George wants to convince the jury there is reasonable doubt about everything in this case. For starters, he claims, his client and Christa may have been involved.
“Chris McCowan could have reasonably had a consensual sexual relationship with Christa Worthington and anybody who doesn’t believe it is someone who just can’t accept it,” George told jurors.
And that’s the defense’s explanation for the damning DNA evidence: that Christa Worthington voluntarily had sex with McCowan, probably that Thursday, his day for picking up the trash, and that later, someone else came along and killed her.
But George says, getting the jury to believe that could be a problem, because his client is being tried in lily white Cape Cod. “If you had the same body of evidence and Johnny Whitebread was home for the holidays from college and was from an affluent family on the Cape and he was not black, the same body of evidence, he wouldn’t have been charged,” George argues.
But miles away, in New York, Christa Worthington’s former boyfriend Steve Radlauer says race has nothing at all to do with his doubts. “Let’s hear about the consensual relationship. How long had that been going on? I saw Christa two weeks before she was murdered, roughly. It wasn’t going on then, ’cause we would have heard about it. That would have been her top story, top of the Christa news would have been ‘I’m having an affair with my local trash man,'” he says.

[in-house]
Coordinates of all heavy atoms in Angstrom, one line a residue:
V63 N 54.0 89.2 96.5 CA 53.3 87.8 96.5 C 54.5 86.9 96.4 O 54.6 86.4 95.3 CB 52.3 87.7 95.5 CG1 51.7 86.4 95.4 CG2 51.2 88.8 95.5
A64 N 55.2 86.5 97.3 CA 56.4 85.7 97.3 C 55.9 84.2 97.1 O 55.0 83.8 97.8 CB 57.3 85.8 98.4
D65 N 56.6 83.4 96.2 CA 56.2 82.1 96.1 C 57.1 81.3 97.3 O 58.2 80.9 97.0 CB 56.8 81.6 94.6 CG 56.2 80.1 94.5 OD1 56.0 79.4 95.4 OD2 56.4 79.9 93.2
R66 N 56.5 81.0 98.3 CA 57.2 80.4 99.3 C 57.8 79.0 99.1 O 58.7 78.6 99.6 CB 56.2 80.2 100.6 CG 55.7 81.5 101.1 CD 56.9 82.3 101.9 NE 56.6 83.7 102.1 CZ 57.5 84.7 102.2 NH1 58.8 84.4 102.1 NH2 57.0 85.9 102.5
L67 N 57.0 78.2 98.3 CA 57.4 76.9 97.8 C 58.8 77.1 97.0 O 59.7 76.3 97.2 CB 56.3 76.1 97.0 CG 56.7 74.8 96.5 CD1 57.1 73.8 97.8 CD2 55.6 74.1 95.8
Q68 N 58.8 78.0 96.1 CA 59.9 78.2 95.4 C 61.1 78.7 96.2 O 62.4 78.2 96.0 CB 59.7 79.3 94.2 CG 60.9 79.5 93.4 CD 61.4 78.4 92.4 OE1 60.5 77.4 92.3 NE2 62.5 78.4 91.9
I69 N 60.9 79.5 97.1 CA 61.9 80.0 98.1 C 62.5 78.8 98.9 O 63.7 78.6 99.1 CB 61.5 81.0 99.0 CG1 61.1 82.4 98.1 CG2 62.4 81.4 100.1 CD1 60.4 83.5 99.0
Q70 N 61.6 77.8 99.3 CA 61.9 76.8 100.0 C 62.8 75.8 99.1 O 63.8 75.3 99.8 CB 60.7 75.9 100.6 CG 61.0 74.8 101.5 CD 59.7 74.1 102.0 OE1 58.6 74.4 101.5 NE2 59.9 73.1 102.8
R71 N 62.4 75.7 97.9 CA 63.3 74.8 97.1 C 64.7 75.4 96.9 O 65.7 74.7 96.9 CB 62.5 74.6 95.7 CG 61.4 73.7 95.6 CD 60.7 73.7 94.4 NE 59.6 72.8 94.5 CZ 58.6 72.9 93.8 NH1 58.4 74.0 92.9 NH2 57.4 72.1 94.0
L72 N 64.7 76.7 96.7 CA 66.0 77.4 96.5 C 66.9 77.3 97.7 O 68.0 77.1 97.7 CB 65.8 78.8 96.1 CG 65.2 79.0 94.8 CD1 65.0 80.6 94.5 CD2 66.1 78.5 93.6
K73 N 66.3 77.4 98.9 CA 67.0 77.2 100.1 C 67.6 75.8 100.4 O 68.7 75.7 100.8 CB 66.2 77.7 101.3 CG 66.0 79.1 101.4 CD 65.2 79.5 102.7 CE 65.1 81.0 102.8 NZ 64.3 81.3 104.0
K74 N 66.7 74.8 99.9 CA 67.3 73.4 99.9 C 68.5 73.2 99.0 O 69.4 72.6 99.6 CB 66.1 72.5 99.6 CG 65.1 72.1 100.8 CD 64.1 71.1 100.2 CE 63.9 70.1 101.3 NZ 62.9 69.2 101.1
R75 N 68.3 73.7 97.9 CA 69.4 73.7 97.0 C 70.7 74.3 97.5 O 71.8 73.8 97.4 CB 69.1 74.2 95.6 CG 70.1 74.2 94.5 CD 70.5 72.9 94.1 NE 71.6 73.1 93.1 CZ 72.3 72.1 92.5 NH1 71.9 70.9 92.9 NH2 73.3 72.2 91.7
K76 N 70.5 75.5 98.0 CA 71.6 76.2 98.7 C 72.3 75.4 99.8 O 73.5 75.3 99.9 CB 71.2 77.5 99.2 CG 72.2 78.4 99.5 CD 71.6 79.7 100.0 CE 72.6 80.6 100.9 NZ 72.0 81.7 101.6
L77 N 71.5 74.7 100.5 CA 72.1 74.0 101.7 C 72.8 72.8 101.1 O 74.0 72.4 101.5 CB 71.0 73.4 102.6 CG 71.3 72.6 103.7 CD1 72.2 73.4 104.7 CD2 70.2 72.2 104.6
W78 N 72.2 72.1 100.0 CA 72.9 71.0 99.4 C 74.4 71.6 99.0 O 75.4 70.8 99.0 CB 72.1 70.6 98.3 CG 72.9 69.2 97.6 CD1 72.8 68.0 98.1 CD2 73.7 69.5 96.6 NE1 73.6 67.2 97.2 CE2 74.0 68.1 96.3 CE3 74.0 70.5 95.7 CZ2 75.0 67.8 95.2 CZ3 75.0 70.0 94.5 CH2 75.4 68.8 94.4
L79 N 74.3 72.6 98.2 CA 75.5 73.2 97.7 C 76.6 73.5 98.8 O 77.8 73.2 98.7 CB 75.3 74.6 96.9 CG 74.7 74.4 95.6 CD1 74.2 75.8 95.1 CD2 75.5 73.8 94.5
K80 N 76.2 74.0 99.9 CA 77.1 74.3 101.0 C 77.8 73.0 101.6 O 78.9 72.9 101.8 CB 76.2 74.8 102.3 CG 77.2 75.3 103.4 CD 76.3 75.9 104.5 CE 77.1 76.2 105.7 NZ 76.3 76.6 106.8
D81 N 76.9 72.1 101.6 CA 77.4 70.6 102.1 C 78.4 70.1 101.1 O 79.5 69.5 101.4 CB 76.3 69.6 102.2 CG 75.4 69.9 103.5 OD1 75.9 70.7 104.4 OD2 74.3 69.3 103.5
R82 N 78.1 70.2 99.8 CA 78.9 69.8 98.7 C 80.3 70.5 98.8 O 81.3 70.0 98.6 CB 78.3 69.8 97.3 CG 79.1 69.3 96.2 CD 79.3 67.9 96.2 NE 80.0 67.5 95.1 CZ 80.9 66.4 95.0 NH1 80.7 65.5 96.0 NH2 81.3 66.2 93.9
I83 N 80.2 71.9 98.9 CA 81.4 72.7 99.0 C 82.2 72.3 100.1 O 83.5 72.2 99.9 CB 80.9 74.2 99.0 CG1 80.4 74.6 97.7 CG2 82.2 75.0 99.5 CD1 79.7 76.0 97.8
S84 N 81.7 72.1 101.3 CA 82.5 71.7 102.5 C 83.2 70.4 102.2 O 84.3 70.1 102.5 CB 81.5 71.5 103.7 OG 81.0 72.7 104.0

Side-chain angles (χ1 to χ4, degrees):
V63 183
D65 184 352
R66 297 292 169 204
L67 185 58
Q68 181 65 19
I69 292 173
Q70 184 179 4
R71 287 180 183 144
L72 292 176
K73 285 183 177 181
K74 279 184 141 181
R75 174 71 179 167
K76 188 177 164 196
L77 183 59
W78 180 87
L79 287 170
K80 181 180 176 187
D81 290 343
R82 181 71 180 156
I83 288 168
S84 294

Back in court, the defense also must deal with its other big problem – that statement. So police intimidated him, George argues, in a six-hour interrogation, much as they’d done with other suspects, like Tim Arnold.
Another one time suspect, Keith Amato, described a similar experience. “Trooper Mawn slammed his hand down on the table and said, ‘This is a murder investigation. And if we so chose we will turn your life inside out,'” Amato testified.
“They did exactly the same thing to them that they did to McCowen, except they were smart enough and they had the wherewithal and the background to know when to say stop, cut it out, I’m not doing this anymore, I want a lawyer,” George says.
George’s witness, forensic psychologist Eric Brown, claims that with an IQ of about 76, Christopher McCowen simply couldn’t understand the police’s questions.
But the prosecution says that’s rubbish. McCowen seemed smart enough, when Brown gave him an intelligence test, linking “relativity” with Einstein, labeling Gandhi as the “spiritual leader of India.”
And he was clever enough, the state argues, to concoct a story blaming someone else, his friend Jeremy Frazier, who appeared uncomfortable the moment he took the stand.
On the stand, Frazier insisted he didn’t drive to Christa’s house with McCowen and that he had nothing to do with her death.
But Bob George wants the jury to believe Frazier could have. Frazier told jurors he did have a few beers at the party.
Certainly Frazier and McCowen were together that night. The videotaped rap contest shows Frazier listening to music with McCowen nearby. But Frazier supplied an alibi. He later was seen at another party, and then slept at a friend’s house. And his DNA doesn’t show up anywhere at the crime scene.